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In the engineering department at a fast-growing startup, it’s just 10 a.m. on Monday, and people manager Brian is already wishing for Friday. He’s fielding technical questions from his team, resolving disputes, training the newest engineer and interviewing two new candidates this afternoon.
Brian’s under pressure, and many of his decisions are based on instinct. There’s no time to check in with the bosses or consider how his actions align with the company’s long-term strategies. Vaguely, he knows there are diversity quotas to be considered, but by the time the interviews roll around, he often just hires the person who strikes him as most familiar — someone whose profile looks a lot like his.
But Brian isn’t all to blame. His shortcomings are the symptom of a larger problem.
Organizations are striving for a fast and flat model where we collapse the distance between the CEO’s operational strategy and frontline talent decisions. However, some management structures haven’t quite caught up. We’re stuck in outmoded, industrial models where messages from the top often get lost in the middle.
Why? It’s because we’re playing a game of telephone. As word travels through the organizational chart, from leadership down the ranks to the people who implement it, the message gets distorted. Nowhere is this more problematic than in talent decisions.
Talent management: Especially important, especially problematic
Despite often being the single biggest capital expense at an organization, too often hiring decisions are given the short shrift.
Frontline managers like Brian, who directly supervise around 80% of the total workforce, are entrusted with talent decisions. But they routinely make decisions based on urgency, personal bias and inertia. Real-time data and predictive software that could better inform their decisions isn’t in the flow of their work, and they often don’t see how their individual actions connect to a larger company strategy.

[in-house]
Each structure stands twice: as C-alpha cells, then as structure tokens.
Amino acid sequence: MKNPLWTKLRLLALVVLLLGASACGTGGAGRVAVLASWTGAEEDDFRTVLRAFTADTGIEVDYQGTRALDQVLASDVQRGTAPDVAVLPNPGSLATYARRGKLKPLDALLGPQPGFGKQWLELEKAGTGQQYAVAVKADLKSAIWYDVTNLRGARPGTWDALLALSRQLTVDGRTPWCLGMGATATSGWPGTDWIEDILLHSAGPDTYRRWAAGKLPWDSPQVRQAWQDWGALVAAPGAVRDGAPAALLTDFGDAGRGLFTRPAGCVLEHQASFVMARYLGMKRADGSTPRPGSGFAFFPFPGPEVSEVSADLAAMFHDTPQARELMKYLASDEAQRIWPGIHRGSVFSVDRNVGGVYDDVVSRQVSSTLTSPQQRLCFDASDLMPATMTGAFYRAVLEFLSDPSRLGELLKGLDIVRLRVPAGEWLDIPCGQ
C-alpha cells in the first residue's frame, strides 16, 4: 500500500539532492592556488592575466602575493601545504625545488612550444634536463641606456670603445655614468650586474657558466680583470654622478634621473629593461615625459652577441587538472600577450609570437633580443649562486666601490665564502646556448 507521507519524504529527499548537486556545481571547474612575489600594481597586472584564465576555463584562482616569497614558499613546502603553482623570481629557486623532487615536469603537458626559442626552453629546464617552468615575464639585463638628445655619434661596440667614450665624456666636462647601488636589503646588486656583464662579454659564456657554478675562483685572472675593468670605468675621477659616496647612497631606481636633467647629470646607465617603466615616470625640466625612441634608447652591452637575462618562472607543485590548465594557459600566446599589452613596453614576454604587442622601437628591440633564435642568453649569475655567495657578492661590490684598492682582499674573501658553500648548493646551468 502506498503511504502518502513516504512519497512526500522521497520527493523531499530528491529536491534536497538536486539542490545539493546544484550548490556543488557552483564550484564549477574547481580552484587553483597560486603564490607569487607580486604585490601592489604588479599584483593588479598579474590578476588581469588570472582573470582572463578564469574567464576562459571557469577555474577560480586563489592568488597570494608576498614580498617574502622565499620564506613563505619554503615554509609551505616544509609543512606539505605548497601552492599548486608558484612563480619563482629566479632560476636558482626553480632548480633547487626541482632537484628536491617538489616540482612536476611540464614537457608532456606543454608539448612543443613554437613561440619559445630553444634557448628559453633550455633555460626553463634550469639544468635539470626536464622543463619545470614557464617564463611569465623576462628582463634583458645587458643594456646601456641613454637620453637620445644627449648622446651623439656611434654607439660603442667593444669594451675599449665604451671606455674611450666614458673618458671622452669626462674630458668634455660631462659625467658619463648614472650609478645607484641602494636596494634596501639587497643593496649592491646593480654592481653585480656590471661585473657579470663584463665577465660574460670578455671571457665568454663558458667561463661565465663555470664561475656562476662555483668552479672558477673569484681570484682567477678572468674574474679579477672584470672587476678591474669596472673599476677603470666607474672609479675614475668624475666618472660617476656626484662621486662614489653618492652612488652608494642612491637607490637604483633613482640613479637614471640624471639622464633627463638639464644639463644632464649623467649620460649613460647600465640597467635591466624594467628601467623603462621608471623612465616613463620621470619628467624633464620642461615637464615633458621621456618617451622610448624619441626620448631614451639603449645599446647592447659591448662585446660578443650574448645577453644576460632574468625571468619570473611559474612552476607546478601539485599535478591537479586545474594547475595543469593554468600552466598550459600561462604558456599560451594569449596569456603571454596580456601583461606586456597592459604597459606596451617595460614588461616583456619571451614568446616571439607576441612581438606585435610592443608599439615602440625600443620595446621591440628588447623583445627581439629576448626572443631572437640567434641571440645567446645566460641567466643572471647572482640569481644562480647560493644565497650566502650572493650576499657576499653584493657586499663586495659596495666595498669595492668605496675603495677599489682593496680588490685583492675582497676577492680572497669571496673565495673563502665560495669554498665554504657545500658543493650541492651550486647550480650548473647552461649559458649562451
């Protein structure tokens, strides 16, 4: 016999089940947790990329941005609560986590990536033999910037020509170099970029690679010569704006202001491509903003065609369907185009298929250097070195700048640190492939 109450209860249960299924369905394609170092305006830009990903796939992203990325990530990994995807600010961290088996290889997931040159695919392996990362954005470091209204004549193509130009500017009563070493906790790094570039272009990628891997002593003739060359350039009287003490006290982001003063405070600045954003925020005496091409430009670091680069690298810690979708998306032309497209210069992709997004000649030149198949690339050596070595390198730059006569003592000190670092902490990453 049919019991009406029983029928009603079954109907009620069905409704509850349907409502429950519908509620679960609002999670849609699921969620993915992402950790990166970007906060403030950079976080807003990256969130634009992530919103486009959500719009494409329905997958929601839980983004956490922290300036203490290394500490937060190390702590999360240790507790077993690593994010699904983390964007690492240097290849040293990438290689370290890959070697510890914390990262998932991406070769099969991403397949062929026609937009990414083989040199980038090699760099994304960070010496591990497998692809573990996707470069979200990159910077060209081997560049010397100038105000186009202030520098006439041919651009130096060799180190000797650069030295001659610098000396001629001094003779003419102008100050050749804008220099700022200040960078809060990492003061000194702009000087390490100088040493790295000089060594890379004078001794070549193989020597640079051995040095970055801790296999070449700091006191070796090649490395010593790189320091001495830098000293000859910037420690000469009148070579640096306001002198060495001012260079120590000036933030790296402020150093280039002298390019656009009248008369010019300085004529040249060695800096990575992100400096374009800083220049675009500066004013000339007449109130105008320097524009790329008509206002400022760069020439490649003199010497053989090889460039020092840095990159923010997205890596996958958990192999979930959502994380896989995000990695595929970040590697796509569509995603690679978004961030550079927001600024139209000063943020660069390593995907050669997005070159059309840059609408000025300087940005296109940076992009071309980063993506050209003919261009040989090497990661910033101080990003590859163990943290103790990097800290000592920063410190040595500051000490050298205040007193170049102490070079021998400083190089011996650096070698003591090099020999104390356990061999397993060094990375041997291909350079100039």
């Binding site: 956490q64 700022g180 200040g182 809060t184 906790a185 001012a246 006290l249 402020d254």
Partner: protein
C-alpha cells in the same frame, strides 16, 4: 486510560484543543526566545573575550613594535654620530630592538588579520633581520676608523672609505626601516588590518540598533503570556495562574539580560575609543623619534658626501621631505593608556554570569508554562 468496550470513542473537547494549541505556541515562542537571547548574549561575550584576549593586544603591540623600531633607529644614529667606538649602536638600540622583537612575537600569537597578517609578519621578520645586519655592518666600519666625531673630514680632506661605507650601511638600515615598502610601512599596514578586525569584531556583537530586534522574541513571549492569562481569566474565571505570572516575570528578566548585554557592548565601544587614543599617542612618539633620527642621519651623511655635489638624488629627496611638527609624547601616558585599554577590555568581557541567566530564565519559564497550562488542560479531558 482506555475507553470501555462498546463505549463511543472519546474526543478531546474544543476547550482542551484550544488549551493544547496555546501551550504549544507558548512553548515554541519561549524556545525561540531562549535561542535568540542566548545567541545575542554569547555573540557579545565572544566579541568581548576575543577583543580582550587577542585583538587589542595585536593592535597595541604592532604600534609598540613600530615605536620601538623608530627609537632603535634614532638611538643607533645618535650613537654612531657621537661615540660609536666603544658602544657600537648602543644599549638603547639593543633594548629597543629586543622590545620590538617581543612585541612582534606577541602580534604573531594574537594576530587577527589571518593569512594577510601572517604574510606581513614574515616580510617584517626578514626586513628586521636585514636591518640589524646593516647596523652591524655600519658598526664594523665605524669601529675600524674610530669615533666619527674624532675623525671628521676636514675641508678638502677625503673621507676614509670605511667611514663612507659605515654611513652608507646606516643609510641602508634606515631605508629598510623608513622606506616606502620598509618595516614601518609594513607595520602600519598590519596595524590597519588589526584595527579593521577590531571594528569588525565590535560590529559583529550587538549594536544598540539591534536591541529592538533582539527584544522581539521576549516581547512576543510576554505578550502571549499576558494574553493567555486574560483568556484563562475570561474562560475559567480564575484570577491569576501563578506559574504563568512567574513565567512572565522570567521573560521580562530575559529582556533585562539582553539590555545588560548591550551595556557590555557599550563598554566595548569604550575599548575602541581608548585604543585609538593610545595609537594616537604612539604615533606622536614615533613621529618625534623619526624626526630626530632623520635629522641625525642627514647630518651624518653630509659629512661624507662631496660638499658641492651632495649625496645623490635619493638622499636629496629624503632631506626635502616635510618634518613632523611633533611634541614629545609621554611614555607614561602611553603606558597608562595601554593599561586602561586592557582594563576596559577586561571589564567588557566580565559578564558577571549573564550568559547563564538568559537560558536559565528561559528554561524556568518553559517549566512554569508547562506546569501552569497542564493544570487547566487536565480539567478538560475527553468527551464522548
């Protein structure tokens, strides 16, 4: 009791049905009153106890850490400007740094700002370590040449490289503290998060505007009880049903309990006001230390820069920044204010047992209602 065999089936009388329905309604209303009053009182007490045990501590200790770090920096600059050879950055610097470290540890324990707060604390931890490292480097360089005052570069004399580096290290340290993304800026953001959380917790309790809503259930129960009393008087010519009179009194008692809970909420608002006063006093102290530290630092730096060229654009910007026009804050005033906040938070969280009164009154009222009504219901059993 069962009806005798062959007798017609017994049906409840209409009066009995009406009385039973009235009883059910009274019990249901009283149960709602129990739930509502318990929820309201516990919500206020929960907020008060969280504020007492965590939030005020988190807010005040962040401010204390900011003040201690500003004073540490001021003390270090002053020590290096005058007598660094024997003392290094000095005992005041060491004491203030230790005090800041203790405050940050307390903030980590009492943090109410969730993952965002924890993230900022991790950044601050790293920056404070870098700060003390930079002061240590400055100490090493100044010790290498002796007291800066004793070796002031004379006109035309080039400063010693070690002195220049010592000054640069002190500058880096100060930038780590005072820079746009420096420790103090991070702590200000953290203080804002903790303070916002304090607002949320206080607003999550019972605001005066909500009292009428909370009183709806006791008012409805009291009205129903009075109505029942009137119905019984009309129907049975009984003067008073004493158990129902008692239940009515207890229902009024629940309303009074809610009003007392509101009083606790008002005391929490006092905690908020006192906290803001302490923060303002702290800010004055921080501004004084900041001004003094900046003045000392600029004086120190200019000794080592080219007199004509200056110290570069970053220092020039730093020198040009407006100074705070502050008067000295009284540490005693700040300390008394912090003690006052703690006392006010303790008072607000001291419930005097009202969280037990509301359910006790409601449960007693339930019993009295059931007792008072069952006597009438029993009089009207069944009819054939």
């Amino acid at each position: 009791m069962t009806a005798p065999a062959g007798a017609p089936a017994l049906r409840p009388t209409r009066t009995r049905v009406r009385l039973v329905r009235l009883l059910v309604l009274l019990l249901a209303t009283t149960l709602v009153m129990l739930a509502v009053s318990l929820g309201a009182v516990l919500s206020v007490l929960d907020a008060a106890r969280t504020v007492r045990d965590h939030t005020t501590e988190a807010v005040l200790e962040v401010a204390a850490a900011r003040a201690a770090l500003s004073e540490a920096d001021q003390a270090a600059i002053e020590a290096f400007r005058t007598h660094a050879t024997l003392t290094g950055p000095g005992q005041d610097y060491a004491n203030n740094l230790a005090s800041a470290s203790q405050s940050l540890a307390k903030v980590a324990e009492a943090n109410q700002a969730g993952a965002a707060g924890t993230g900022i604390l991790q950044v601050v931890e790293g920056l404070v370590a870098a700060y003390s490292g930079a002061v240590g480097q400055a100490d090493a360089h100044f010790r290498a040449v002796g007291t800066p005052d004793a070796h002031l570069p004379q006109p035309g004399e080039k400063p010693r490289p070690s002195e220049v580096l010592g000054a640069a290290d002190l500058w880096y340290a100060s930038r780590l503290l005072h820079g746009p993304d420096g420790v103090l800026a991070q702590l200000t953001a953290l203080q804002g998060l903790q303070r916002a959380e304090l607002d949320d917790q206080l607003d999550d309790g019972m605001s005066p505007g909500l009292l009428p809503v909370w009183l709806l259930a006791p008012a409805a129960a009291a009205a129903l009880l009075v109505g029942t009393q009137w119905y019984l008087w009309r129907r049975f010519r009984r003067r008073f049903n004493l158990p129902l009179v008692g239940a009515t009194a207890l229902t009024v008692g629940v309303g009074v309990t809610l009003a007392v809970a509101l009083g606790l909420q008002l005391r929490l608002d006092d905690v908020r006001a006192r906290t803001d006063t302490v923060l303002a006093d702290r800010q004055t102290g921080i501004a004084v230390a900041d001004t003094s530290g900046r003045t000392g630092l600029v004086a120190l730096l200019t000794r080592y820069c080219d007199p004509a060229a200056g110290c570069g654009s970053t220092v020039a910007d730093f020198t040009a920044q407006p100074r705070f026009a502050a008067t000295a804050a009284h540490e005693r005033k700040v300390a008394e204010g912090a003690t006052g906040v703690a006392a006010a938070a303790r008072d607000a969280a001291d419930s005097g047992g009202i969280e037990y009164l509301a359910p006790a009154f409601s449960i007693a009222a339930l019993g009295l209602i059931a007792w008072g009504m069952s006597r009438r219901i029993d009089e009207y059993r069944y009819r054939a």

In contrast, consider how financial decisions are made. Information from the chief financial officer is readily available, and managers have a clear understanding of how granular decisions add up to the strategic plan. Leaders typically can’t go more than a month or quarter without being held accountable for what shows up in the profits and losses, but it could take months (or years) before reconciling misaligned hiring and promotion choices.
So, what’s behind the gap? The traditional HR structure doesn’t treat data the way the CFO treats its data. Too often, HR thinks about talent as big swaths of people instead of individuals.
More challenging still: There’s a tendency to withhold HR data from the broader organization and beyond. Part of it is rooted in privacy concerns, but it can also be rooted in fear — organizations worry they’ll take flack for releasing unflattering data, or worse, get sued. What insights are shared tend to be incomprehensible for the average manager — framed in HR jargon with little explanation of how HR data intersects with other business outcomes like profitability or revenue.
The reality is that metrics like salary, diversity and career progression are business data. In the modern world, if you don’t share data, it’s not going to change. Companies won’t see progress until people can see their decisions in the data.